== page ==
At the end of a long and winding road, Bravado scores North American merchandise rights for the Beatles, an arrangement that unites the legendary band’s records and merch under the one roof — Universal Music Group.
Through the new partnership, announced Thursday (Sept. 1), Bravado will develop new merchandise opportunities for the Fab Four across retail, licensing and e-commerce in the United States and Canada.
As part of that agreement with Apple Corp, UMG-owned Bravado will expand the Beatles’ presence across those markets by leveraging its retail and licensing partnerships and its ecommerce network to “supercharge direct-to-consumer efforts,” reads a statement.
It’s a coup for UMG, which has represented the Beatles’ recorded music catalog since 2012, and, three years later, facilitated the arrival of the Hall of Famers’ works on streaming platforms.
Now, a decade on, Bravado will handle shirts, hats and all the essential pieces of Beatles-branded kit which continues to prove popular with fans.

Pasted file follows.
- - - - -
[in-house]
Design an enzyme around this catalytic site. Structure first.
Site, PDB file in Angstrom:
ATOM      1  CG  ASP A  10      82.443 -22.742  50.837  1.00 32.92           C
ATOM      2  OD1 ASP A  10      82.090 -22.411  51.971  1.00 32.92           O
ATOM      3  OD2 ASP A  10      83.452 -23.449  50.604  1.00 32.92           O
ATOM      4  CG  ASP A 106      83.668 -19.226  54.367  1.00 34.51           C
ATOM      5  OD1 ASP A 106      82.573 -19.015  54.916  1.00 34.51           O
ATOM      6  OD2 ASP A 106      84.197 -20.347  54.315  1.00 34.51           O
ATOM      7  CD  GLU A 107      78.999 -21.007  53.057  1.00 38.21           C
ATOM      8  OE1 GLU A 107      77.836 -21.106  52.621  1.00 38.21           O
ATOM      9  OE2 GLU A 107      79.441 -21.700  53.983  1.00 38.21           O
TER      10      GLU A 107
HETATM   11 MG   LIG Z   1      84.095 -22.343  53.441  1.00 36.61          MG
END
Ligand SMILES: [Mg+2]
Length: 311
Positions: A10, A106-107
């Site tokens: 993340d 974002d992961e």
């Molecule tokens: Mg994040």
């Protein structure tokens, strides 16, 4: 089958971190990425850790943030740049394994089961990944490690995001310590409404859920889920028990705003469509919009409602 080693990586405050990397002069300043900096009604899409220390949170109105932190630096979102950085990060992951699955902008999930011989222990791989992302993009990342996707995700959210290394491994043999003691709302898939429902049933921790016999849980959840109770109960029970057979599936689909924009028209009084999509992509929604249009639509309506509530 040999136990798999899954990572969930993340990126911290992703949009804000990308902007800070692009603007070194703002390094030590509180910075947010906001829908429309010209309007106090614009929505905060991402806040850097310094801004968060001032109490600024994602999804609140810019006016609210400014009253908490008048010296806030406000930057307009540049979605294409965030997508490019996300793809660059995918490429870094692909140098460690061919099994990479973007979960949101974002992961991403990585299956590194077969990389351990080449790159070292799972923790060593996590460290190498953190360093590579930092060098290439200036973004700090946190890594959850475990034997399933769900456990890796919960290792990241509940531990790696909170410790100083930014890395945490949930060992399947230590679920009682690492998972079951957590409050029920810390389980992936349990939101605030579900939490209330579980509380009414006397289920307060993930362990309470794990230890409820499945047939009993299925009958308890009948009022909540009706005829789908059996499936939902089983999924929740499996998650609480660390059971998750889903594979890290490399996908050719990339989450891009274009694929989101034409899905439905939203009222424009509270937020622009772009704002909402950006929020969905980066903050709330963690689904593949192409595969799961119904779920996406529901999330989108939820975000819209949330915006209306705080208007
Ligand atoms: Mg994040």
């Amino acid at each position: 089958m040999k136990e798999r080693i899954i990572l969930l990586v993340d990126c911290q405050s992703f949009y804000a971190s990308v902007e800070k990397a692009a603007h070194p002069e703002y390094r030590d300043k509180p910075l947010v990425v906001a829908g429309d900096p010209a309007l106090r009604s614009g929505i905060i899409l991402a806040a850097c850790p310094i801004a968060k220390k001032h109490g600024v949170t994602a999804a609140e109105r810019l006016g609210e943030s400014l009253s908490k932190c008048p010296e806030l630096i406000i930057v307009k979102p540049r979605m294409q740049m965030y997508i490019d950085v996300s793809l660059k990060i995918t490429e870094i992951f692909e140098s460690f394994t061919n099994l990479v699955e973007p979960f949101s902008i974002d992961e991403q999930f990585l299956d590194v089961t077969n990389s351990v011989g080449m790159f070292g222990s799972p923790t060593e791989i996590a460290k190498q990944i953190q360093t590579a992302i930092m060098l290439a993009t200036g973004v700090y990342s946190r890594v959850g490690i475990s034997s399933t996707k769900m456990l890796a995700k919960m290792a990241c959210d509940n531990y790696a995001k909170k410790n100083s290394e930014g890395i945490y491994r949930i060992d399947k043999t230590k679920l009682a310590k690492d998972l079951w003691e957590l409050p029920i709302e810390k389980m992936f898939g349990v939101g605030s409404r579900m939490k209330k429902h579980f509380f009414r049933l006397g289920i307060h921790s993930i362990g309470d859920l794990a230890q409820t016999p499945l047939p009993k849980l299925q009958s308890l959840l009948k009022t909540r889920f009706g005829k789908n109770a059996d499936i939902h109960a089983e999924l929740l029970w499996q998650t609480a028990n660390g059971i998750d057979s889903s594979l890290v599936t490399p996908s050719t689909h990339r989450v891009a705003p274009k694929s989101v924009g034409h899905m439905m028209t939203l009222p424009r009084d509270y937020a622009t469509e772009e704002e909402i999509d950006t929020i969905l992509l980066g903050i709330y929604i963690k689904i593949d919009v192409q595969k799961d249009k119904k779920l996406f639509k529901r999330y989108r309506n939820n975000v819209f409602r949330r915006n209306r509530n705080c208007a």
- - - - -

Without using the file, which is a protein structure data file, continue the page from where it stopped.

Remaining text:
“Bringing the Beatles back to Bravado was a top priority of mine – not only as a fan of their music but as someone who is inspired by the creative and cultural impact they continue to have around the world,” comments Matt Young, president of Bravado in a statement. “The responsibility of representing such an iconic and beloved brand isn’t lost on me and we look forward to working with Jeff Jones and the Apple Corps team to continue to bring The Beatles’ vision to life.”
Today, notes a joint statement from UMG and Apple Corp., founded by the Beatles in 1968 to oversee the band’s own creative and business interests, the foursome of John, Paul, George and Ringo “remain one of the world’s most popular bands in the history of music.”
It’s impossible to deny. With a peerless bank of hits, and a classic, unchanged lineup, the Beatles set records everywhere. The band’s 15 No. 1 album in the U.K. is a record, and their dominance of the U.S. charts is without question, with 20 No. 1s on the Billboard Hot 100 chart and 19 leaders on the Billboard 200.
The group’s 1 compilation was the bestselling album of the 2000s, a remarkable achievement for a band that had announced its split in 1970.
The story behind the band’s final recording sessions and live performance was retold by New Zealand director Peter Jackson in the marathon three-part docuseries, Get Back, which debuted last year on Disney+.